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Proceedings Paper

Spacecraft design considerations for an inner-magnetosphere imager mission
Author(s): Melody C. Herrmann; Charles L. Johnson
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Paper Abstract

Imaging the Earth's magnetosphere from space will enable scientists to better understand the global shape of the inner magnetosphere, its components and processes. The proposed Inner Magnetosphere Imager (IMI) mission will obtain the first simultaneous images of the component regions of the inner magnetosphere and will enable scientists to relate these global images to internal and external influences as well as local observations. NASA's Marshall Space Flight Center (MSFC) is performing a concept definition study of the proposed mission. As currently envisioned, the baseline mission calls for an instrument complement of approximately seven imagers to be flown in an elliptical Earth orbit with an apogee of seven Earth Radii (RE). Several spacecraft concepts have been examined for the mission. The baseline concept utilizes a spinning spacecraft with a despun platform, the second uses a three-axis stabilized spacecraft with a spinning platform, while the third option splits the instruments onto two small satellites; a spinning spacecraft and a complementary three-axis stabilized spacecraft. This paper will address the mission objectives, the rationale for using proven spacecraft designs, and the preliminary concept definition study team results for all three options.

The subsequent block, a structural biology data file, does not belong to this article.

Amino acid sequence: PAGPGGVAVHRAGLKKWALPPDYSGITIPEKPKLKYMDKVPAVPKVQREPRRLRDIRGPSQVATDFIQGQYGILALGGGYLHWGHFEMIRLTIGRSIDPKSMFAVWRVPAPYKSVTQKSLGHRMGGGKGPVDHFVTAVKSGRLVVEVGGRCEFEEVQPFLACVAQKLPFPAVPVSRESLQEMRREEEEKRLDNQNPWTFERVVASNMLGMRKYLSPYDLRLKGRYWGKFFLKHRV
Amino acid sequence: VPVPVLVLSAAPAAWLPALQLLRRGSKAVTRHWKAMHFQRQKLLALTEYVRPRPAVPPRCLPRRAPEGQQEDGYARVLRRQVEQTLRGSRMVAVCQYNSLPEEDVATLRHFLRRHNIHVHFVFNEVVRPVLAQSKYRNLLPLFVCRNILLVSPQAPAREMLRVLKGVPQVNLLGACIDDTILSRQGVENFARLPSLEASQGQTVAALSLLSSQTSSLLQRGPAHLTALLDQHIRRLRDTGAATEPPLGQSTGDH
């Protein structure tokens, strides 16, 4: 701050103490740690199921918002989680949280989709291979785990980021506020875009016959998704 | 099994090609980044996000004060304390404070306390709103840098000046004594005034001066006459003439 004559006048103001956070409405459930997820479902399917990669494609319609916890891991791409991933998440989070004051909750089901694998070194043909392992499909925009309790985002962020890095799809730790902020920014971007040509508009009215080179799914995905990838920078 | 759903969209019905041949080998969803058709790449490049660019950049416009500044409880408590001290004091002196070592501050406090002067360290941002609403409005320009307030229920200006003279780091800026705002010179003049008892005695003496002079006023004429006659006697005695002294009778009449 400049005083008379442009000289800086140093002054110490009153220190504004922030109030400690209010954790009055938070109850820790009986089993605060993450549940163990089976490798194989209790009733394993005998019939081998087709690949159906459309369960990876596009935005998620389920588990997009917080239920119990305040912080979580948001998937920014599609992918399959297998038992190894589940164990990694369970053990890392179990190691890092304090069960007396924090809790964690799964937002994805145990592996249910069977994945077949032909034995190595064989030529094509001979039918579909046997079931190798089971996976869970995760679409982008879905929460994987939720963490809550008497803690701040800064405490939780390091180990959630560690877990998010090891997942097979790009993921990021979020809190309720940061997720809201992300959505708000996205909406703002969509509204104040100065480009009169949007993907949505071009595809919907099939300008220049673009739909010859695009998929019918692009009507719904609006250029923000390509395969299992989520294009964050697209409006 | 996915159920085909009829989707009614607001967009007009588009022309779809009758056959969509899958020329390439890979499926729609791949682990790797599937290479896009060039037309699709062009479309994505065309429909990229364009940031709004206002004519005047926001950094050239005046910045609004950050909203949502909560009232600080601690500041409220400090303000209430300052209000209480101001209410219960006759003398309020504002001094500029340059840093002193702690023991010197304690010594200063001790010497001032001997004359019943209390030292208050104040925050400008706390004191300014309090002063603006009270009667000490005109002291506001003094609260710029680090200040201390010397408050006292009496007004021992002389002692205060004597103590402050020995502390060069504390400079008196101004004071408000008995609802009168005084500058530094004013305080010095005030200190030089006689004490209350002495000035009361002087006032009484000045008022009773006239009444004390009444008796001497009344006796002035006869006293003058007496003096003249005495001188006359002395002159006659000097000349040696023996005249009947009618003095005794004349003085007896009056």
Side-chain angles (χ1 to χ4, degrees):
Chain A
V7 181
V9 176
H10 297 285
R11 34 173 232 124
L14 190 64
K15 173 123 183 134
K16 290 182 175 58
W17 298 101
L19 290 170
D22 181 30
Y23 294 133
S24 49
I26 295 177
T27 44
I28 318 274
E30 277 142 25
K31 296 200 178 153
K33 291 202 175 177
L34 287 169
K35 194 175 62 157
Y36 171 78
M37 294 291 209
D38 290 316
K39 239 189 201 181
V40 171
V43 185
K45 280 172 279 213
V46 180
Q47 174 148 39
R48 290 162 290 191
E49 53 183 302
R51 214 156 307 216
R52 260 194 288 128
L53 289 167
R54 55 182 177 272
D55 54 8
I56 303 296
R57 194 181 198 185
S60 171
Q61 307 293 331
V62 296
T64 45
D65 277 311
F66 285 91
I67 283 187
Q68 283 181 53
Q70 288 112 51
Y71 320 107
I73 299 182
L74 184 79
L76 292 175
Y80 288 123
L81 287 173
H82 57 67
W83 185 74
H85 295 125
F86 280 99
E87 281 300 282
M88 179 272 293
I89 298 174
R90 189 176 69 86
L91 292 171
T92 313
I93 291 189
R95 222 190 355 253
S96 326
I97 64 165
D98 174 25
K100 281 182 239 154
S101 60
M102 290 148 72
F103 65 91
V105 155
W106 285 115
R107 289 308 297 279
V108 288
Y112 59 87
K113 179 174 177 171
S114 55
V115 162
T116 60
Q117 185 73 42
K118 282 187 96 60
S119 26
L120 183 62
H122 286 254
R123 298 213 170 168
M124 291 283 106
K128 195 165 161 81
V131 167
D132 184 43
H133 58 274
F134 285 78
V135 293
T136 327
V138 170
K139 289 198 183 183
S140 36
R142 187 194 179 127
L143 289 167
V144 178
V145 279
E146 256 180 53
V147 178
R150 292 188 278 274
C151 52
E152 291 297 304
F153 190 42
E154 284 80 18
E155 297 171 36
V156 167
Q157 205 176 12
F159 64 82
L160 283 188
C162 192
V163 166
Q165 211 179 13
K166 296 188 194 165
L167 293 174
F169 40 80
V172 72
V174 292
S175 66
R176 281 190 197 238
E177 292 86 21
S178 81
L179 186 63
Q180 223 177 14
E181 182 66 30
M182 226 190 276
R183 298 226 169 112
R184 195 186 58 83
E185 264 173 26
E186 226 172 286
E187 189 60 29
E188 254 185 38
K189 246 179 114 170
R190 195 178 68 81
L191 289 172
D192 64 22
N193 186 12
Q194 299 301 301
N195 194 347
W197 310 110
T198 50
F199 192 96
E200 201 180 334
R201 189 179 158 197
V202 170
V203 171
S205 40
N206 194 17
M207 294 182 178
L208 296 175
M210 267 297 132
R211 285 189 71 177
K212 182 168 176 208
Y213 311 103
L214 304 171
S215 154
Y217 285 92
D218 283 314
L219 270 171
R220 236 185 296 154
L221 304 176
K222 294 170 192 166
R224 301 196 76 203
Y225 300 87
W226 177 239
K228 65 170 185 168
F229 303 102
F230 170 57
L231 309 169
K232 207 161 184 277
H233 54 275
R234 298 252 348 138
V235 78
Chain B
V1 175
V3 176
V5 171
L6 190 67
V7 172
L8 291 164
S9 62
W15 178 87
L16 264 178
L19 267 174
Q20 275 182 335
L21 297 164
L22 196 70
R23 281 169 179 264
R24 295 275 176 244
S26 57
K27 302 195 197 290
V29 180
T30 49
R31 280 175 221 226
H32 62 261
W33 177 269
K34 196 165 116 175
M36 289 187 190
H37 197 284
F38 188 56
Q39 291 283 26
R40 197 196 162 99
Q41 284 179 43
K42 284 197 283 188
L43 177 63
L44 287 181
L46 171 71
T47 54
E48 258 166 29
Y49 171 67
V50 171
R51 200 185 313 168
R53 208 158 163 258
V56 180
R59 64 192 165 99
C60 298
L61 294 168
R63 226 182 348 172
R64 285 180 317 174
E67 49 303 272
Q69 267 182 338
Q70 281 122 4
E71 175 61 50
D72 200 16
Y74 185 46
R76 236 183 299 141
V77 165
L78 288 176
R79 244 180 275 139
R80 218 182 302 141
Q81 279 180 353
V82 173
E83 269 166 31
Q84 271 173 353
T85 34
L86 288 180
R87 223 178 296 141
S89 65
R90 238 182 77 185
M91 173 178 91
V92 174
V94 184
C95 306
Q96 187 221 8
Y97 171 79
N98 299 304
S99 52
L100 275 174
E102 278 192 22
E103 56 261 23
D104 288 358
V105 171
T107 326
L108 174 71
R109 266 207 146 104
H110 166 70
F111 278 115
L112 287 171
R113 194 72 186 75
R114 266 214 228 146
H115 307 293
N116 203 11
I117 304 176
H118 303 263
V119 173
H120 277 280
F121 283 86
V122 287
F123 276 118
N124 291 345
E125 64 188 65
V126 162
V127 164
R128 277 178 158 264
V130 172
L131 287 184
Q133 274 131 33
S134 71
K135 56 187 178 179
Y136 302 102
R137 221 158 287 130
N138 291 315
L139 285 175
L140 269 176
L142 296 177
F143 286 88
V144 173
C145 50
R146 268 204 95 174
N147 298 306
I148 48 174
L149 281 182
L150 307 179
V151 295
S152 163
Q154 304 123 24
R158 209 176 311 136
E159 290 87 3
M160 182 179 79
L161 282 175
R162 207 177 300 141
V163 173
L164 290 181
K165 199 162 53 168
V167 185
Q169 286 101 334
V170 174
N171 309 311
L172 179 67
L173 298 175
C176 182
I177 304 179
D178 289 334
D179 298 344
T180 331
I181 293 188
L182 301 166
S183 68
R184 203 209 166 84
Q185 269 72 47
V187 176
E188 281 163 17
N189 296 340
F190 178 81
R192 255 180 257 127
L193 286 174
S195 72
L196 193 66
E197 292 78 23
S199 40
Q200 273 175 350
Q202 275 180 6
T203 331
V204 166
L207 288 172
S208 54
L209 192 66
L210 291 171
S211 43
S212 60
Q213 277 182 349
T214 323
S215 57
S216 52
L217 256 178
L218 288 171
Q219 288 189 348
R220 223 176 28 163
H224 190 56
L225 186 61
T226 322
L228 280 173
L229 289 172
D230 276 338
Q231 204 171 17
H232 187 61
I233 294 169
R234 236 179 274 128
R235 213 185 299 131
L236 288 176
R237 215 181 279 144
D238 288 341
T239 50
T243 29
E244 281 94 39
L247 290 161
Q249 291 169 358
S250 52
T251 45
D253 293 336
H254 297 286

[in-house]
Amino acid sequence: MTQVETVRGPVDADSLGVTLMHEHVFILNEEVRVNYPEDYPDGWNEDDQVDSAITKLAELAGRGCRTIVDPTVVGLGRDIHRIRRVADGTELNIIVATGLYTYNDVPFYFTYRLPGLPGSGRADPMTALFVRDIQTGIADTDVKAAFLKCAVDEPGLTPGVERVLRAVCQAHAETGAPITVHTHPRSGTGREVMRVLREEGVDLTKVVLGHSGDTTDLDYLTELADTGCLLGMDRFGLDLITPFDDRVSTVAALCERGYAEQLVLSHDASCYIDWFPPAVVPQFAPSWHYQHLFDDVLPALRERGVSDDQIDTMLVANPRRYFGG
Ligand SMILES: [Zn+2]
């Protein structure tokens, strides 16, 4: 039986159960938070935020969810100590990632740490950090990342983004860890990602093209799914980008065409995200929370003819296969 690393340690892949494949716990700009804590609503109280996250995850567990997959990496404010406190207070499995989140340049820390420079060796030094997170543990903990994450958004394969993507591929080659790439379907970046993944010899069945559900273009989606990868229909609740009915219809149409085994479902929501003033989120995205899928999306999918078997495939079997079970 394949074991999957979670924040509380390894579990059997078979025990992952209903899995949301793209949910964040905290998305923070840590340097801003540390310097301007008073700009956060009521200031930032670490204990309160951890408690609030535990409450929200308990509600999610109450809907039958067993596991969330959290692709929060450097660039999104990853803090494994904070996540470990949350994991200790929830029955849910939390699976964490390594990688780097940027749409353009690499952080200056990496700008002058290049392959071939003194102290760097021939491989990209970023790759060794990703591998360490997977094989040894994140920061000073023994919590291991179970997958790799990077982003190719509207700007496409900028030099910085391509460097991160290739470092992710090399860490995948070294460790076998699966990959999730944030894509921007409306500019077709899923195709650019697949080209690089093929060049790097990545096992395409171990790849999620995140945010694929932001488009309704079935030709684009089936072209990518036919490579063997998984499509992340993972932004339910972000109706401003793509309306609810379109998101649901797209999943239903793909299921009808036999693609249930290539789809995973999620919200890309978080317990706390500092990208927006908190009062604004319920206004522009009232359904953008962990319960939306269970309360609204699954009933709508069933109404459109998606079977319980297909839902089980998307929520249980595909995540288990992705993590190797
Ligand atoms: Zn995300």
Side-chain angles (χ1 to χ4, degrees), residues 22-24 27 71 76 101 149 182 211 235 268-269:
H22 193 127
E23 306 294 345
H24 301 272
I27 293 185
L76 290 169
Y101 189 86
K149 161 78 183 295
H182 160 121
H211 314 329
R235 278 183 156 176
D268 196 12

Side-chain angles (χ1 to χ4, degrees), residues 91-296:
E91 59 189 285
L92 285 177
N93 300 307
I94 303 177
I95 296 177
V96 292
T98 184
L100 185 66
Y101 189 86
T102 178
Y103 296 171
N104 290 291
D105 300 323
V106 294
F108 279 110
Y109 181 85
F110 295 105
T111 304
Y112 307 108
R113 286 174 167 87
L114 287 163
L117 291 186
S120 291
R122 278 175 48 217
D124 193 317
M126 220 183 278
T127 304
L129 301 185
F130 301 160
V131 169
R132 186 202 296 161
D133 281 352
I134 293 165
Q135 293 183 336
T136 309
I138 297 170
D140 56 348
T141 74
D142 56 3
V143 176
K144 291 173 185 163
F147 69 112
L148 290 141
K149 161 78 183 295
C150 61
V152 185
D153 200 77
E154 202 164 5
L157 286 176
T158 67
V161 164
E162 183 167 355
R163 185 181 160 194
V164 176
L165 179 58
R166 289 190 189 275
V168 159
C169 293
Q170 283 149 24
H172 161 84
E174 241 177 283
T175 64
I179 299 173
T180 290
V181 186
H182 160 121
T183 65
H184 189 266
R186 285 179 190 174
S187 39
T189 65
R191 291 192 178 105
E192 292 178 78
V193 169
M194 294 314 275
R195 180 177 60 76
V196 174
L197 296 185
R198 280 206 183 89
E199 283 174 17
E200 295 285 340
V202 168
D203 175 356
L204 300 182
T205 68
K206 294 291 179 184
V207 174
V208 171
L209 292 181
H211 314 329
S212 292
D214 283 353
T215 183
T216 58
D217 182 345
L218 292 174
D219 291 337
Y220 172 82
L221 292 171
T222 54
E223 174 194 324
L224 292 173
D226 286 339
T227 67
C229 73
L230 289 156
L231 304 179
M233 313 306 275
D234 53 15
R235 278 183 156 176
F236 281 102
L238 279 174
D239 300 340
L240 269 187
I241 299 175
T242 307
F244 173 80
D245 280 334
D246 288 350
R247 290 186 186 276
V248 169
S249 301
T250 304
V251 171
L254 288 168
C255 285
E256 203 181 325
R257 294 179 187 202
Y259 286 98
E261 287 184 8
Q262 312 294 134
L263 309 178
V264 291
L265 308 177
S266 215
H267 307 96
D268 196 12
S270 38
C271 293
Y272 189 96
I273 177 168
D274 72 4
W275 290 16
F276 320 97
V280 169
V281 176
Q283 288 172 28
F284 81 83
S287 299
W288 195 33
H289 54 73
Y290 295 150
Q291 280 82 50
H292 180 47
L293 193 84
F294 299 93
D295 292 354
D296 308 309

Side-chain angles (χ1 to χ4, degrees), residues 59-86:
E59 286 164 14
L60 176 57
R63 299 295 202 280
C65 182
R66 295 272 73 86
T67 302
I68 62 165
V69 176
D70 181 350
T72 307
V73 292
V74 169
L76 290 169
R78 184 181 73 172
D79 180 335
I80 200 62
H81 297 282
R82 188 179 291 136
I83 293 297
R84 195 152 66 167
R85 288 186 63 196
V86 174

Paper Details

Date Published: 1 June 1992
PDF: 11 pages
Proc. SPIE 1744, Instrumentation for Magnetospheric Imagery, (1 June 1992); doi: 10.1117/12.60574
Show Author Affiliations
Melody C. Herrmann, NASA Marshall Space Flight Ctr. (United States)
Charles L. Johnson, NASA Marshall Space Flight Ctr. (United States)

Published in SPIE Proceedings Vol. 1744:
Instrumentation for Magnetospheric Imagery
Supriya Chakrabarti, Editor(s)

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